Last week, I discussed the advantages of dental sealants. As is usually the case, my thoughts outran the space allotted for my weekly musings. To that effect, I’d like to continue on about the actual placement of dental sealants.
For those of you who missed out, a dental sealant is a plastic coating that “seals” off the pits and fissures in your teeth that are prone to getting cavities. If bacteria cannot hide from your toothbrush, then they are less likely to excrete the waste that dissolves your teeth away. Sealants are a great idea for anyone, young or old, prone to getting cavities. As a secondary benefit, most modern sealant material contains fluoride and can “recharge” your teeth to help prevent decay.
Getting your teeth sealed is a completely painless procedure that can be performed by your dentist or hygienist. First, the grooves that need to be sealed are cleaned with a paste and/or an acidic solution to remove any debris and to allow the material to bond to your teeth. After this cleaning, the teeth are rinsed with water and thoroughly dried. A very small brush or fine tipped needle is then used to flow sealant material into any cracks or fissures that can get bacteria and food trapped in them. The material starts out runny to get into these areas and is then cured with a special light that hardens it into a protective coating. Sometimes, if a large number of teeth are sealed at one time, we will need to re‐ adjust your bite where the sealant material touches too high. This is often unnecessary because the sealant material is designed to wear down quickly in these areas.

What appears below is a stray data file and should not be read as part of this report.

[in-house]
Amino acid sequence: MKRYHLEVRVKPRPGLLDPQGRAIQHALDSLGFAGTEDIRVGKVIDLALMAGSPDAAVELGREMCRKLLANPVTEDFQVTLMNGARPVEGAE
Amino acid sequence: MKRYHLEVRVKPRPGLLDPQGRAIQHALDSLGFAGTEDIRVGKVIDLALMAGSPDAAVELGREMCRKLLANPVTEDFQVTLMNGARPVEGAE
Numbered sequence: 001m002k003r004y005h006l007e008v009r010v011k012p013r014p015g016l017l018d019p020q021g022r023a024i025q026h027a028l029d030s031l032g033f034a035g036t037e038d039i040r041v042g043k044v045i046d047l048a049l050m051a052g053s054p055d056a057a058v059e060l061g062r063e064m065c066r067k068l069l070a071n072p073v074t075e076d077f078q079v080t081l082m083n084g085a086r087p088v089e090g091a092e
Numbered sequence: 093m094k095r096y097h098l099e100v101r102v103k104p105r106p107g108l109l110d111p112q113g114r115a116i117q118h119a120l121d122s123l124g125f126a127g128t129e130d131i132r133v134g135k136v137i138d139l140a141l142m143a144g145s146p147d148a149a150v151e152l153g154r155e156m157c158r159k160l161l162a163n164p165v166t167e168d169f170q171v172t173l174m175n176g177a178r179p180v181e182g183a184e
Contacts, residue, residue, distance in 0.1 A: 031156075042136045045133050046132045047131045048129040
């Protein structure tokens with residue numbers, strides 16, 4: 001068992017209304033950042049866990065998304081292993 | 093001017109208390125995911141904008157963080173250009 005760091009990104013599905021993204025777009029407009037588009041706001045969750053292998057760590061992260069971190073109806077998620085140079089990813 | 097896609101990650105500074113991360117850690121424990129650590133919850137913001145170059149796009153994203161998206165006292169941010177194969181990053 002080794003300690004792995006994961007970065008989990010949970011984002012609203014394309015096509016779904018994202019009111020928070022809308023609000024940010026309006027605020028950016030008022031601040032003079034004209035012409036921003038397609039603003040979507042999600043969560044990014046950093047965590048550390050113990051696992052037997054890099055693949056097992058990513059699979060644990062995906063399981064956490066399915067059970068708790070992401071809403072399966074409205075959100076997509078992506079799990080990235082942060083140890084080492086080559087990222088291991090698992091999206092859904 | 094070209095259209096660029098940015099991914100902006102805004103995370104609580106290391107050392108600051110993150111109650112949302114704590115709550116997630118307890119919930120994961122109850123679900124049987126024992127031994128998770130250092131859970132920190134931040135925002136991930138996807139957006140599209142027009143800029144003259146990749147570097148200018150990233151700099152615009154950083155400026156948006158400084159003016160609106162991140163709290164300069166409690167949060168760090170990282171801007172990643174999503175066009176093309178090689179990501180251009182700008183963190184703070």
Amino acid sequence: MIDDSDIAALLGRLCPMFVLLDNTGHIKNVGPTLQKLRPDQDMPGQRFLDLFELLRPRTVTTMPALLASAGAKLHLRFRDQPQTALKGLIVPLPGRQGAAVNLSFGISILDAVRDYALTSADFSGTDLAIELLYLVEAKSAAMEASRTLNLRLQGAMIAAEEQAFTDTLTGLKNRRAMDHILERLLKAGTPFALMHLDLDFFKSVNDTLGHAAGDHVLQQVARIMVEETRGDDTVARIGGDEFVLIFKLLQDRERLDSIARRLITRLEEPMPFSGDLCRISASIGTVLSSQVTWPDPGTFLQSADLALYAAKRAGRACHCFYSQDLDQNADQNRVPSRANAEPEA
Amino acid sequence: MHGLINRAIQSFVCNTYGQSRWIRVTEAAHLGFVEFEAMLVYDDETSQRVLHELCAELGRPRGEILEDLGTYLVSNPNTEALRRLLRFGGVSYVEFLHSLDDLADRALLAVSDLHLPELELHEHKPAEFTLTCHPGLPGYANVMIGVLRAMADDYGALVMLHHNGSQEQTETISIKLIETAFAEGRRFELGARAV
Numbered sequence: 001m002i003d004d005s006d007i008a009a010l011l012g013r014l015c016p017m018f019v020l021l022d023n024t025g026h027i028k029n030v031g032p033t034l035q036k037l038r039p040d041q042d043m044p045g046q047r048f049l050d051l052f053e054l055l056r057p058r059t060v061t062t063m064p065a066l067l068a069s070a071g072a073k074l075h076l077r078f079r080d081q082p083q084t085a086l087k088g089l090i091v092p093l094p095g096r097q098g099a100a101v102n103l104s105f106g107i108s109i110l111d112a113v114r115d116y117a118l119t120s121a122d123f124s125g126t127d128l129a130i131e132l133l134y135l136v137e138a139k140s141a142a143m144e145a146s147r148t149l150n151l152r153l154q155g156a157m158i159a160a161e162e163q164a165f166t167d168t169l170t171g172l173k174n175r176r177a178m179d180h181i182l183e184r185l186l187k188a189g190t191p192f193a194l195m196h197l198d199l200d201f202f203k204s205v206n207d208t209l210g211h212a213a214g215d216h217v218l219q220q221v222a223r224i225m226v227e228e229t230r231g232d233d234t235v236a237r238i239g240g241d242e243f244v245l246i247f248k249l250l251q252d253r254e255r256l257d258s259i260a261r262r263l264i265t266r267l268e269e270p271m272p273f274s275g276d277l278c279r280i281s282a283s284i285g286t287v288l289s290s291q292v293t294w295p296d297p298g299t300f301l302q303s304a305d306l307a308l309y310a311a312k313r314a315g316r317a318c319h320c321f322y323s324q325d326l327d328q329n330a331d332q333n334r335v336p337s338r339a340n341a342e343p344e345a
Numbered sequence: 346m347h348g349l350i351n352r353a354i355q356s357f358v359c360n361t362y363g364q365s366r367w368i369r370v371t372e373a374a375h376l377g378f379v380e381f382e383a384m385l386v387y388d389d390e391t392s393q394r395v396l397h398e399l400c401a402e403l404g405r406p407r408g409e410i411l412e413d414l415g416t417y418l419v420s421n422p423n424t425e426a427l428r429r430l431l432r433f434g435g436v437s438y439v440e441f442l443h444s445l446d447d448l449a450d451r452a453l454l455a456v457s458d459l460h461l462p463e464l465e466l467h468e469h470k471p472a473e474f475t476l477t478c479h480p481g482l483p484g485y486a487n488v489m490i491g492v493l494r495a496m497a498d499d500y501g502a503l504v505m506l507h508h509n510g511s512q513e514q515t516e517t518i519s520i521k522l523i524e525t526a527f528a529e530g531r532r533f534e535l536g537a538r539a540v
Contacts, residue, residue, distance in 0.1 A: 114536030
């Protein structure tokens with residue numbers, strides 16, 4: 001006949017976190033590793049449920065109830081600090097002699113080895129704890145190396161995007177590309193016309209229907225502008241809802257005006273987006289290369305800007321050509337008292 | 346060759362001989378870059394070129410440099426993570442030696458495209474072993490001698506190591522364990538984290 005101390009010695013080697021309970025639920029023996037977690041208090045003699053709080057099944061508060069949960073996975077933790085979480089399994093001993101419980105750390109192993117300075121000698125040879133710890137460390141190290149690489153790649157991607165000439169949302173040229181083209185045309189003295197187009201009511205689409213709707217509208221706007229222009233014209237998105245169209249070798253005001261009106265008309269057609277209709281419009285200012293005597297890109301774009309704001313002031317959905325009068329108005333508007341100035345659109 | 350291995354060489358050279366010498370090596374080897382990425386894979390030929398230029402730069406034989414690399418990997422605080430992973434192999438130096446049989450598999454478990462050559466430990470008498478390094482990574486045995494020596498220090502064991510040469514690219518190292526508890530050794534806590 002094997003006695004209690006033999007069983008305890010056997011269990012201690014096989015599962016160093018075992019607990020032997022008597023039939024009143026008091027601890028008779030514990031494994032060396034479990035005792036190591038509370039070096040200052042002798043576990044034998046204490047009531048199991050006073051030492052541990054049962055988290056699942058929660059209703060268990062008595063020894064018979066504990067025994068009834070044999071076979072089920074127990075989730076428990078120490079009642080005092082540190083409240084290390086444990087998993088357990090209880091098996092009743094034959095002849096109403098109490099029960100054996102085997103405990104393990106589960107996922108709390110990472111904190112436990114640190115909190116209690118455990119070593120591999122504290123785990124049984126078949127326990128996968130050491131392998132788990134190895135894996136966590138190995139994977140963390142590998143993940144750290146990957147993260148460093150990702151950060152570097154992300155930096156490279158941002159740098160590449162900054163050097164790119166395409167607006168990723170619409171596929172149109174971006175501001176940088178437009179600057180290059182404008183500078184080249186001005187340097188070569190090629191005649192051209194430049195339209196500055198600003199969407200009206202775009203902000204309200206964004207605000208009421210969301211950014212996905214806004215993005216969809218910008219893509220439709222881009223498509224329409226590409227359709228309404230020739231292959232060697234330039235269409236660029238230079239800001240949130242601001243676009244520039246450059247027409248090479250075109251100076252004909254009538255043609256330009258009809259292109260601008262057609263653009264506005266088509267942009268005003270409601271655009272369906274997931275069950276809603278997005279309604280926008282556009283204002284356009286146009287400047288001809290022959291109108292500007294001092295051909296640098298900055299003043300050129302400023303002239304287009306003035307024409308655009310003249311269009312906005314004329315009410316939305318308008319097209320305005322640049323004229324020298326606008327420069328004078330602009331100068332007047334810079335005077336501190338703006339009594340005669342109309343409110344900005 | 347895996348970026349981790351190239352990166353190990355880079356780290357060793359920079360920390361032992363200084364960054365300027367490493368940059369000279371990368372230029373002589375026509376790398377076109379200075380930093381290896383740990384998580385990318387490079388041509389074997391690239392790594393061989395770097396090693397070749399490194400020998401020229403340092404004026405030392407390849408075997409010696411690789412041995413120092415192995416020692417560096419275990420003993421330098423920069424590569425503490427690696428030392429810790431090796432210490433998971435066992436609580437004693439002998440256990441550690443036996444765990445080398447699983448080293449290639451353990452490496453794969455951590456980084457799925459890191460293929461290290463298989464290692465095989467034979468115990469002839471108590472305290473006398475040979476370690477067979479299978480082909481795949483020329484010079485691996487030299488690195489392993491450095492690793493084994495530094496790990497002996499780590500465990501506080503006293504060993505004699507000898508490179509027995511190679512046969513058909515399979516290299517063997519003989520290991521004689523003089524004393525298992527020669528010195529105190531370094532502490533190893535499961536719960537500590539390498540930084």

That’s it. No shots and no pain…your teeth are protected in a matter of minutes. Most sealants will last for years. Occasionally we see patients who break them off by chewing on ice, pens, paper clips, you name it. Unfortunately, sealants are not indestructible.
Besides children, there are two other instances where sealants make a lot of sense. I cannot count the number of young adults who go off to college and come back with a mouth full of cavities. Late nights with no curfews and cafeteria plans with unlimited soft drink refills are probably good suspects. It just makes sense to try to head this off by sealing any susceptible areas before your kids leave home. We also see a lot of adults who have dry mouth, usually due to certain types of prescription drugs. The less saliva you have, the faster cavities become a problem. Again, it makes common sense to seal off any areas that might become an issue if left exposed to bacteria.
Hopefully, I’ve made a boring subject a bit readable this week. Until next time, keep smiling.
‐Questions or comments can be sent to Drs. Parrish at ParrishDental@aol.com.